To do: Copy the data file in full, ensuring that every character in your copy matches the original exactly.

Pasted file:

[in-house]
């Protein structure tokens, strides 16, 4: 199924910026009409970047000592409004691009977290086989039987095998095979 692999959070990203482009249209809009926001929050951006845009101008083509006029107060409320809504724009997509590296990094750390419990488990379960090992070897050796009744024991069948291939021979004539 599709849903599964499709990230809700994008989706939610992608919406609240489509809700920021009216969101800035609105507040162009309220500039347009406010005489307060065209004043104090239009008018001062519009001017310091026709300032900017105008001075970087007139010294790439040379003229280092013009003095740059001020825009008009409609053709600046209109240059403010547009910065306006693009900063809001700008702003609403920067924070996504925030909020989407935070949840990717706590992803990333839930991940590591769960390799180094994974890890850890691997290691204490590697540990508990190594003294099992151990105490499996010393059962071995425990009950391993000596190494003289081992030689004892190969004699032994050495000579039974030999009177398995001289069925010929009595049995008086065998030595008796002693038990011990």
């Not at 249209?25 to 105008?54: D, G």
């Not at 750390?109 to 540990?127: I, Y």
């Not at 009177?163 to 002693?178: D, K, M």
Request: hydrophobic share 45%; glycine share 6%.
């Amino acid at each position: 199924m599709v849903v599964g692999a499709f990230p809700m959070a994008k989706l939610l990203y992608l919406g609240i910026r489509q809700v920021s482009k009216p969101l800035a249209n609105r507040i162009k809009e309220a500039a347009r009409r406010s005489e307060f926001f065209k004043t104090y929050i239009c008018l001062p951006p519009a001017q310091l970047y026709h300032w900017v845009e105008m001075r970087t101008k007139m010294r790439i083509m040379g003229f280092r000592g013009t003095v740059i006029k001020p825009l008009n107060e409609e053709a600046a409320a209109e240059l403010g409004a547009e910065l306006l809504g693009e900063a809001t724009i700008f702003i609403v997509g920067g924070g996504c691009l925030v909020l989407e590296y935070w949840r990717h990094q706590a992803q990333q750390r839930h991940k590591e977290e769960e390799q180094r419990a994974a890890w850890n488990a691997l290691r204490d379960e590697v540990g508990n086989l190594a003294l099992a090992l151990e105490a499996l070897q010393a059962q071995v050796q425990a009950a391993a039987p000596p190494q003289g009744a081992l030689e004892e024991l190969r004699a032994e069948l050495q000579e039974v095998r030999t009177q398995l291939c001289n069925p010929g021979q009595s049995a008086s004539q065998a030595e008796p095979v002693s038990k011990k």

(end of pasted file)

[in-house]
């Protein structure tokens, strides 16, 4: 199924910026009409970047000592409004691009977290086989039987095998095979 692999959070990203482009249209809009926001929050951006845009101008083509006029107060409320809504724009997509590296990094750390419990488990379960090992070897050796009744024991069948291939021979004539 599709849903599964499709990230809700994008989706939610992608919406609240489509809700920021009216969101800035609105507040162009309220500039347009406010005489307060065209004043104090239009008018001062519009001017310091026709300032900017105008001075970087007139010294790439040379003229280092013009003095740059001020825009008009409609053709600046209109240059403010547009910065306006693009900063809001700008702003609403920067924070996504925030909020989407935070949840990717706590992803990333839930991940590591769960390799180094994974890890850890691997290691204490590697540990508990190594003294099992151990105490499996010393059962071995425990009950391993000596190494003289081992030689004892190969004699032994050495000579039974030999009177398995001289069925010929009595049995008086065998030595008796002693038990011990």
């Not at 249209?25 to 105008?54: D, G």
């Not at 750390?109 to 540990?127: I, Y």
């Not at 009177?163 to 002693?178: D, K, M």
Request: hydrophobic share 45%; glycine share 6%.
């Amino acid at each position: 199924m599709v849903v599964g692999a499709f990230p809700m959070a994008k989706l939610l990203y992608l919406g609240i910026r489509q809700v920021s482009k009216p969101l800035a249209n609105r507040i162009k809009e309220a500039a347009r009409r406010s005489e307060f926001f065209k004043t104090y929050i239009c008018l001062p951006p519009a001017q310091l970047y026709h300032w900017v845009e105008m001075r970087t101008k007139m010294r790439i083509m040379g003229f280092r000592g013009t003095v740059i006029k001020p825009l008009n107060e409609e053709a600046a409320a209109e240059l403010g409004a547009e910065l306006l809504g693009e900063a809001t724009i700008f702003i609403v997509g920067g924070g996504c691009l925030v909020l989407e590296y935070w949840r990717h990094q706590a992803q990333q750390r839930h991940k590591e977290e769960e390799q180094r419990a994974a890890w850890n488990a691997l290691r204490d379960e590697v540990g508990n086989l190594a003294l099992a090992l151990e105490a499996l070897q010393a059962q071995v050796q425990a009950a391993a039987p000596p190494q003289g009744a081992l030689e004892e024991l190969r004699a032994e069948l050495q000579e039974v095998r030999t009177q398995l291939c001289n069925p010929g021979q009595s049995a008086s004539q065998a030595e008796p095979v002693s038990k011990k």